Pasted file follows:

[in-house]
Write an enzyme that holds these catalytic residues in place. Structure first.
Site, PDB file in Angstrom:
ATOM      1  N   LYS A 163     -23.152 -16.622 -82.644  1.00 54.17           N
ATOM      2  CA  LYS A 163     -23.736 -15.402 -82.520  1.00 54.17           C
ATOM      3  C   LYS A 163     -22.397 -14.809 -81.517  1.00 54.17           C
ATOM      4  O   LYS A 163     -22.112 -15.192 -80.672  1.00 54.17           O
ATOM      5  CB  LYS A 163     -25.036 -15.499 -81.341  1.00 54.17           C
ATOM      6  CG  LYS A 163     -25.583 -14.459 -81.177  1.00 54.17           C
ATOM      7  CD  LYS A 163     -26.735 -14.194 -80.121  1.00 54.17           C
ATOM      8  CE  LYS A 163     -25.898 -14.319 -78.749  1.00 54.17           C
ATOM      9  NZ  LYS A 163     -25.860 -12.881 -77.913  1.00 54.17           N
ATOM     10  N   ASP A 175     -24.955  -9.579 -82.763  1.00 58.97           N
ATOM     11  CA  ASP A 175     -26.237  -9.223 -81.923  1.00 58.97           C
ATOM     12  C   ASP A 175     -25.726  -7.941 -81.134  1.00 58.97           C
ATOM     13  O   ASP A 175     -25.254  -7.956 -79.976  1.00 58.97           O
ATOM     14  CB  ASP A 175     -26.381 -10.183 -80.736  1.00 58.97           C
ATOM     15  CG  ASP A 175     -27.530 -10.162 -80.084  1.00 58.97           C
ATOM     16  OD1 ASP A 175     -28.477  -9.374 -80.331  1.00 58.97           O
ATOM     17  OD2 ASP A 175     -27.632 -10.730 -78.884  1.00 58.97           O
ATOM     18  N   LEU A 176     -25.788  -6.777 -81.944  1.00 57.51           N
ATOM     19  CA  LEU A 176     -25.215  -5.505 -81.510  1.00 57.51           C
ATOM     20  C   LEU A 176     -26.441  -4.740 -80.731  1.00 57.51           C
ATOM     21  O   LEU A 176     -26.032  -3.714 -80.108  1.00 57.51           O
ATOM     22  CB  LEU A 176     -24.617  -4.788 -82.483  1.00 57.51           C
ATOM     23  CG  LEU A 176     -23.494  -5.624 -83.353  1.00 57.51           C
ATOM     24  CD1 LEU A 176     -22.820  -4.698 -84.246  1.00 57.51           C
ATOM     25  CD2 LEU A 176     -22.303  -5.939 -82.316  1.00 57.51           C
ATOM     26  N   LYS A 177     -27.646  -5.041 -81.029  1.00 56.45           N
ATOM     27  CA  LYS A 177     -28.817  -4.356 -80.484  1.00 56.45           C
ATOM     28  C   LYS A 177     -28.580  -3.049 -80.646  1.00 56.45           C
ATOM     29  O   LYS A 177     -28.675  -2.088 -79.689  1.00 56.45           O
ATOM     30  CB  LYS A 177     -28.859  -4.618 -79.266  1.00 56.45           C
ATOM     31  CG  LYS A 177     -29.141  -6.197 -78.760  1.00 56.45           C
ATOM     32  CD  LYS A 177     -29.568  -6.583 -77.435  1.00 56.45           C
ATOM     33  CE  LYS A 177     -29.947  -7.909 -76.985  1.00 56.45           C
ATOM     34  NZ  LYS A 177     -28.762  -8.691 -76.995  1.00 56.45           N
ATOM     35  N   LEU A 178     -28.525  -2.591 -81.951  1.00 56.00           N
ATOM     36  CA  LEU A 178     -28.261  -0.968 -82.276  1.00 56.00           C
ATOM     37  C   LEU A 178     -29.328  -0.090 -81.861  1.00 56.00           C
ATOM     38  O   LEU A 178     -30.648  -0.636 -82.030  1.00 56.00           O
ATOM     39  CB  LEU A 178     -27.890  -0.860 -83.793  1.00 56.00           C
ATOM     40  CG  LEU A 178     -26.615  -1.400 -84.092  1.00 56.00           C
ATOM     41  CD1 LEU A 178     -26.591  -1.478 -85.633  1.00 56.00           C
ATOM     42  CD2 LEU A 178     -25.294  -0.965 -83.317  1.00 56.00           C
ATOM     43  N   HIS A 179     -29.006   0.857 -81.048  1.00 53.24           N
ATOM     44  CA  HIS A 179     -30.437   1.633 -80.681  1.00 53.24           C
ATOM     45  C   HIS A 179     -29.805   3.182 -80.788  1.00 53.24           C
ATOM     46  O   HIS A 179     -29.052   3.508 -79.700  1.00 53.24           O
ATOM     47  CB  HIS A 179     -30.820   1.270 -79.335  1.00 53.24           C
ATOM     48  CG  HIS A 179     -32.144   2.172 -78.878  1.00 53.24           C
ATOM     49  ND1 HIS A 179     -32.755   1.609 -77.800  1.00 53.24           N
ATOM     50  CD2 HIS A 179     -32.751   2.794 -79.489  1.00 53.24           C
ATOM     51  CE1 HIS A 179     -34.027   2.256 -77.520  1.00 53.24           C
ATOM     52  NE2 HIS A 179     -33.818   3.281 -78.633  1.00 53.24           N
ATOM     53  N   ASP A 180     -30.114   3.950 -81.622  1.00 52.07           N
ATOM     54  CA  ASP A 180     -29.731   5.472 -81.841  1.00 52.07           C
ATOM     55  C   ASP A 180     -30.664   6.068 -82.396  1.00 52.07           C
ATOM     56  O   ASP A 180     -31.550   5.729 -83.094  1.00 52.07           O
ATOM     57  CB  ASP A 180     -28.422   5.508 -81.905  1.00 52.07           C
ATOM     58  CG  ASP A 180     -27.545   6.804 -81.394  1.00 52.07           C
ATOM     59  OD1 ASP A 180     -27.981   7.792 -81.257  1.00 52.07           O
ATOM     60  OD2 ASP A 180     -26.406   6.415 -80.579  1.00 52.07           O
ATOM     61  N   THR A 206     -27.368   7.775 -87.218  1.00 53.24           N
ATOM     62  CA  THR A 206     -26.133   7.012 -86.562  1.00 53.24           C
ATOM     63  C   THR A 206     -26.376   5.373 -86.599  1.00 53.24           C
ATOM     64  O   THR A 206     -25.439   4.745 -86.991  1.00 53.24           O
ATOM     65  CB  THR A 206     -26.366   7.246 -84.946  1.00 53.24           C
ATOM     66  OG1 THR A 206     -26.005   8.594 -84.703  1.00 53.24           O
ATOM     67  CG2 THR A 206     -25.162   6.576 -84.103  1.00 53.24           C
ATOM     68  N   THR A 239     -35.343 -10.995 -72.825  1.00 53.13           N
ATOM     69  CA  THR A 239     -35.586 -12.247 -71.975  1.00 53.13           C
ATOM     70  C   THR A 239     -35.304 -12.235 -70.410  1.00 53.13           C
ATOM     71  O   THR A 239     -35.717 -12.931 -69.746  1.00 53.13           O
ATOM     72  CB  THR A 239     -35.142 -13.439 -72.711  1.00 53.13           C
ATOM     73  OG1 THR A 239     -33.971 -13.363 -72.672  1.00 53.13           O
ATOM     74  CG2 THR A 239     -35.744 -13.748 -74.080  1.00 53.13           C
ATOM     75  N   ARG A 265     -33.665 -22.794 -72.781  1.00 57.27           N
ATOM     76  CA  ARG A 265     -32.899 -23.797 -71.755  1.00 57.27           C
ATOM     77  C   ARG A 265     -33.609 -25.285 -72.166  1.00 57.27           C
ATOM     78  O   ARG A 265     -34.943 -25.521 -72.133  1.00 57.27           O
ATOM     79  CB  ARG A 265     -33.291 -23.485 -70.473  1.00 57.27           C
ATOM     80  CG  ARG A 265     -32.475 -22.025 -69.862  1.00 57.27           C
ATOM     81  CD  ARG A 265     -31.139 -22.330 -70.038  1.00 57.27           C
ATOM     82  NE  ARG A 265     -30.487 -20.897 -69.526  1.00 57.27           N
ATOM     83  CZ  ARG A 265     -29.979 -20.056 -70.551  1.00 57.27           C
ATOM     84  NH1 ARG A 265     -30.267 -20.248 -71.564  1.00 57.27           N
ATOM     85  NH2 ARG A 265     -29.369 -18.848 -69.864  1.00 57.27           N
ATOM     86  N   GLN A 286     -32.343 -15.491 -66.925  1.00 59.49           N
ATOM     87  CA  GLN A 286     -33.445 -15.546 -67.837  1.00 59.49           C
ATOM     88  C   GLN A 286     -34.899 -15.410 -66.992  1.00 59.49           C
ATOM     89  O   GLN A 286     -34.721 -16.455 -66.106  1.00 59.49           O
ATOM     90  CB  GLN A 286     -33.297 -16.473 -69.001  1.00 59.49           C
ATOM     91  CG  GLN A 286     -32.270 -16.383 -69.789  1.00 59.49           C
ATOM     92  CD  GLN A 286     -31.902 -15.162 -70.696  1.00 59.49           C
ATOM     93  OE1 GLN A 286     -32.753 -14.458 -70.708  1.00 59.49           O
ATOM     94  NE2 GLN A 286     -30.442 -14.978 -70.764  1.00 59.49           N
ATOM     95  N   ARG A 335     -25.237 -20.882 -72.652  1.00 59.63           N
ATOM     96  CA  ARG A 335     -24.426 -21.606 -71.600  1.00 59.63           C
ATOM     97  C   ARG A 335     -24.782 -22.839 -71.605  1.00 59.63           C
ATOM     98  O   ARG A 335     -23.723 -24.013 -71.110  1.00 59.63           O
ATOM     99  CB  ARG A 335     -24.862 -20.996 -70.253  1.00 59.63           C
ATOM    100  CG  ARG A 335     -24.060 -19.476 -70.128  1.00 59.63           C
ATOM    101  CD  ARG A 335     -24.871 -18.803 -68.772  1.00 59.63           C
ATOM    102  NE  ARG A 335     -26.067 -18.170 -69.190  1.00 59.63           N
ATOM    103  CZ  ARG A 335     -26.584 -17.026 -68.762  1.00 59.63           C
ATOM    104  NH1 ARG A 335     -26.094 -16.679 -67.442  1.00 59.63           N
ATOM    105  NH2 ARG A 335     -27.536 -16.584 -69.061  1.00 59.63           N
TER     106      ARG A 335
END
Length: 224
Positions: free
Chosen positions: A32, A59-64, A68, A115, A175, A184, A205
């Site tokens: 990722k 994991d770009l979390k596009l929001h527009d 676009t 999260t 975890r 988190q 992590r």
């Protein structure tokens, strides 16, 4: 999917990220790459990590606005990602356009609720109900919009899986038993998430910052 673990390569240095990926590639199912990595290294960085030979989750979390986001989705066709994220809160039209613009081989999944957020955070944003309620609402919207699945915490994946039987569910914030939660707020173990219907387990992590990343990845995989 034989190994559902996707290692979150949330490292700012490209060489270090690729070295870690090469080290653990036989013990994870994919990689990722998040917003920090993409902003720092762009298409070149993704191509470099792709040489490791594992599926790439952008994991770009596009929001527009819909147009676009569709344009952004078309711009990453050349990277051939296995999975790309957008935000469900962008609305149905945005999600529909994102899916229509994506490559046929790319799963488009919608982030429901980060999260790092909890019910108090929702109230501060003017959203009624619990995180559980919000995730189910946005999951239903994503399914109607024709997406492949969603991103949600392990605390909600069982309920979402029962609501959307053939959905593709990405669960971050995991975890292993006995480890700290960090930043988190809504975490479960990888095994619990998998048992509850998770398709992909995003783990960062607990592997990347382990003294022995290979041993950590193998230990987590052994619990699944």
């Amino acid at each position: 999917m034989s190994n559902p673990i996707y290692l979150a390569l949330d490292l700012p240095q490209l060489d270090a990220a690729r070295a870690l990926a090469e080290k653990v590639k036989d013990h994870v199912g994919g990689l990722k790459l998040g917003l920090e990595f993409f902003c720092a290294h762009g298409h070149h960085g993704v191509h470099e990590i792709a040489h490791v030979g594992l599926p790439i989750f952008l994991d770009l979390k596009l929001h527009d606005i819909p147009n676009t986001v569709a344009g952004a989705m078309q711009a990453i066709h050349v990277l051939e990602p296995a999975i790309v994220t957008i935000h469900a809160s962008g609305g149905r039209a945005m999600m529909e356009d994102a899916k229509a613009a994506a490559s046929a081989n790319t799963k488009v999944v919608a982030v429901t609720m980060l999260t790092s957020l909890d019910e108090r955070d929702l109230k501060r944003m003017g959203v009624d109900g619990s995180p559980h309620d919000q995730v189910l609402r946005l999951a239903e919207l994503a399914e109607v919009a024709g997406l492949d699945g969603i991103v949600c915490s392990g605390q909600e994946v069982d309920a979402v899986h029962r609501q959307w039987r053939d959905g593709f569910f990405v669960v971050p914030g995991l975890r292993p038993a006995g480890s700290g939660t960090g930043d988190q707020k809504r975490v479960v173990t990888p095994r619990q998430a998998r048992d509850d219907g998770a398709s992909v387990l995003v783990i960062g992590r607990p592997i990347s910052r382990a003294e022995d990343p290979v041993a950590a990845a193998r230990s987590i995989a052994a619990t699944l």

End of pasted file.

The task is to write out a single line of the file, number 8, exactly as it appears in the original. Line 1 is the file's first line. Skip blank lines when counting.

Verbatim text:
ATOM      5  CB  LYS A 163     -25.036 -15.499 -81.341  1.00 54.17           C